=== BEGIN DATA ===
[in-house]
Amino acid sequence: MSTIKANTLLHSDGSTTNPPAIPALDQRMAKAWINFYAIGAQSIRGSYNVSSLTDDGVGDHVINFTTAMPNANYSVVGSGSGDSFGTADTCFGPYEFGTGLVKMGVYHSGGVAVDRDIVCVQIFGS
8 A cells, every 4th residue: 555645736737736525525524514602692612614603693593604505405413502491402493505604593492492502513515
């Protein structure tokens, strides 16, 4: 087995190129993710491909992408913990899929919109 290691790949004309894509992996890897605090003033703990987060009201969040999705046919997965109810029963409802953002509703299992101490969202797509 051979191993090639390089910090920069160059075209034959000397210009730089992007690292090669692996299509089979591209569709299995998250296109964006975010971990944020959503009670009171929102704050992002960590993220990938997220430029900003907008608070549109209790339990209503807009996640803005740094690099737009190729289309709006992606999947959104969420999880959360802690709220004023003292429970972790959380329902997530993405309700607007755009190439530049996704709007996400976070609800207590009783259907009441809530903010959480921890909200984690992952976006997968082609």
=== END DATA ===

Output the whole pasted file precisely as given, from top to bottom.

[in-house]
Amino acid sequence: MSTIKANTLLHSDGSTTNPPAIPALDQRMAKAWINFYAIGAQSIRGSYNVSSLTDDGVGDHVINFTTAMPNANYSVVGSGSGDSFGTADTCFGPYEFGTGLVKMGVYHSGGVAVDRDIVCVQIFGS
8 A cells, every 4th residue: 555645736737736525525524514602692612614603693593604505405413502491402493505604593492492502513515
């Protein structure tokens, strides 16, 4: 087995190129993710491909992408913990899929919109 290691790949004309894509992996890897605090003033703990987060009201969040999705046919997965109810029963409802953002509703299992101490969202797509 051979191993090639390089910090920069160059075209034959000397210009730089992007690292090669692996299509089979591209569709299995998250296109964006975010971990944020959503009670009171929102704050992002960590993220990938997220430029900003907008608070549109209790339990209503807009996640803005740094690099737009190729289309709006992606999947959104969420999880959360802690709220004023003292429970972790959380329902997530993405309700607007755009190439530049996704709007996400976070609800207590009783259907009441809530903010959480921890909200984690992952976006997968082609």